zaterdag 5 oktober 2013

Kraftwerk And The Electronic Revolution

"This DVD reviews the career and music of Kraftwerk, from their inception in the late 1960s (as pre-Kraftwerk ensemble Organisation), through their most celebrated period in the mid-1970s, and culminating with their resurgence during the 1980s with the popularity of synth-pop and techno. The film further explores how Kraftwerk both fitted into and pulled away from the electronic wing of what is often lazily referred to as 'Krautrock'. Sparing time also for many of the group's contemporaries from the same field, and tracing the unfolding of electronics in German contemporary music generally, this programme presents a fascinating story previously untold on film."

"This film is not authorised by Kraftwerk"

Clocking in at around three hours, Kraftwerk and the Electronic Revolution is probably as comprehensive a history of late 20th-century German experimental music as you're ever likely to need. The fact that the documentary only starts to get to the band that is supposed to be its main focus after almost an hour should tell you something about how gargantuan and glacially paced this movie is.
For fans of krautrock, drone, ambient, and electronic music, Kraftwerk and the Electronic Revolution is a fascinating history of how some of the most influential music of our times emerged from the boredom and hopelessness of 1960s Germany. The filmmakers take the subtitle of their movie very seriously, and they want to crawl back to find the Big Bang of cultural influences that would make something as innovative as Kraftwerk possible.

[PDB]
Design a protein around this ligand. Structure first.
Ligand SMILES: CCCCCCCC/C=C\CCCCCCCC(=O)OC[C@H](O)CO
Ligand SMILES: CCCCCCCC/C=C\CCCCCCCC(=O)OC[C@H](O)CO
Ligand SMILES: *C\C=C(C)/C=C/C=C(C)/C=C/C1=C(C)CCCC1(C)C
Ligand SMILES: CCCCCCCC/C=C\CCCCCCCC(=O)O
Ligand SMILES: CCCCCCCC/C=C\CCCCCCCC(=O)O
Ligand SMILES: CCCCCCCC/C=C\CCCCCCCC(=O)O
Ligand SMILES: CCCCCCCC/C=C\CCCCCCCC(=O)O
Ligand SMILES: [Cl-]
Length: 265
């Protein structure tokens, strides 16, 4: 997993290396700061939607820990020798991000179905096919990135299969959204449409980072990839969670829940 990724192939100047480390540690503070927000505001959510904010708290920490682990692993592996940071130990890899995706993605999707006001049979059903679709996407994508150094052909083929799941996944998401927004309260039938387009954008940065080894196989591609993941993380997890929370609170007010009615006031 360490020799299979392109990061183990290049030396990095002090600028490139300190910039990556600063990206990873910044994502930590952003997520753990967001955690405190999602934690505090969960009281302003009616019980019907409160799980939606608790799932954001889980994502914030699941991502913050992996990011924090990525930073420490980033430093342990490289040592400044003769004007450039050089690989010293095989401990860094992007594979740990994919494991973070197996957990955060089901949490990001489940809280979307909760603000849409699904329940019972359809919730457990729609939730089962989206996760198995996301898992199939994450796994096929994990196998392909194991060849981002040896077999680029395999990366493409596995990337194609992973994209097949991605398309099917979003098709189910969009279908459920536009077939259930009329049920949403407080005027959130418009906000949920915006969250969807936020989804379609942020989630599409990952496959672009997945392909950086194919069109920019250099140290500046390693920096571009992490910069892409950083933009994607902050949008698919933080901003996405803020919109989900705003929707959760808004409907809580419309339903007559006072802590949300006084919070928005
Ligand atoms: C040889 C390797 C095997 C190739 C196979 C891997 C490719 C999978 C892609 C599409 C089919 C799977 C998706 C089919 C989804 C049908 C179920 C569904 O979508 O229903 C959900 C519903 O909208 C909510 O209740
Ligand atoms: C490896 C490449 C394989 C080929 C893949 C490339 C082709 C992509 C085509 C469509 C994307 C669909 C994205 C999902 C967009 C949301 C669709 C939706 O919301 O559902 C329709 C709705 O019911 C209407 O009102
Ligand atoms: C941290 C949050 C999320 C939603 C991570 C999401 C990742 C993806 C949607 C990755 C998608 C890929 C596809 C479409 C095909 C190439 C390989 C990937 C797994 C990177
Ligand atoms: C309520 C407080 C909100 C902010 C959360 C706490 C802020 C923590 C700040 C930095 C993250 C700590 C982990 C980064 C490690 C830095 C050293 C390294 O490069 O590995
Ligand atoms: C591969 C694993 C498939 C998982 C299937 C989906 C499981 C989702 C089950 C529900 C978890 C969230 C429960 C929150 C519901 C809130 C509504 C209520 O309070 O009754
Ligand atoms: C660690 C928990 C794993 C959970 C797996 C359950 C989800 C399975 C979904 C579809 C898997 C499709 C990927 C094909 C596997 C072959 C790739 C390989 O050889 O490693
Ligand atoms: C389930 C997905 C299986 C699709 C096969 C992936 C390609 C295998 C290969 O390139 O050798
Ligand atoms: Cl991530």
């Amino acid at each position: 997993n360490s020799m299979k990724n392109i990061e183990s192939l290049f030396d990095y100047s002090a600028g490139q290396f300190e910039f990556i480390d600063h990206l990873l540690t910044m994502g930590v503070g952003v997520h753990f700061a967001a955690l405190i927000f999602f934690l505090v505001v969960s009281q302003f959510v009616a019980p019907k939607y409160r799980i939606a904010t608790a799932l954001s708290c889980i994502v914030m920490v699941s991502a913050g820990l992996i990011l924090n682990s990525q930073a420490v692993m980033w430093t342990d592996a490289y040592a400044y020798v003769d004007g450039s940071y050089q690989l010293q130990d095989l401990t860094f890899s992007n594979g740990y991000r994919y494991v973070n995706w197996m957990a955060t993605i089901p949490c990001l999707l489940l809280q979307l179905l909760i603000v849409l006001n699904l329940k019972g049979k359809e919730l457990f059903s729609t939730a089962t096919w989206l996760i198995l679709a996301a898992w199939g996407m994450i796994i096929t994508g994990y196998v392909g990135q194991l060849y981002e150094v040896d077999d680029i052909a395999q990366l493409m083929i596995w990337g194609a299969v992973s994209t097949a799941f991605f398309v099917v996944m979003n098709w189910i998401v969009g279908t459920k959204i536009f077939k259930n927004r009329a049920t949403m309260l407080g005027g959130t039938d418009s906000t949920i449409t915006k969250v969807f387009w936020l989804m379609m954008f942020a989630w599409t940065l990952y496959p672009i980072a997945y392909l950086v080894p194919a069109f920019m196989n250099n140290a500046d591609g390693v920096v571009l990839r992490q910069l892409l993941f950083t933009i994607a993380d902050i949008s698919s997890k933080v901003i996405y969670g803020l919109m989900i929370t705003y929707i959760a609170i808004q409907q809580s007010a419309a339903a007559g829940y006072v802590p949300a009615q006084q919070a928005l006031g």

Purists should get a lot out of Kraftwerk and the Electronic Revolution.
Unfortunately, it's a lot of talking and it's a little dry. lol

Kraftwerk (German pronunciation: [ˈkʀaftvɛɐk], meaning power station) from Düsseldorf, Germany, is an influential electronic music project that was formed by Ralf Hütter and Florian Schneider in 1970, and was fronted by them until Schneider's departure in 2008. The signature Kraftwerk sound combines driving, repetitive rhythms with catchy melodies, mainly following a Western Classical style of harmony, with a minimalistic and strictly electronic instrumentation. The group's simplified lyrics are at times sung through a vocoder or generated by computer-speech software. Kraftwerk were one of the first groups to popularize electronic music and are considered pioneers in the field. In the 1970s and early 1980s, Kraftwerk's distinctive sound was revolutionary, and has had a lasting effect across many genres of modern music.


Kraftwerk - The Man-Machine


Kraftwerk - Computerworld


Kraftwerk - Electric Cafe


Kraftwerk - The Mix


Kraftwerk - Tour De France Soundtracks


Kraftwerk - Minimum-Maximum

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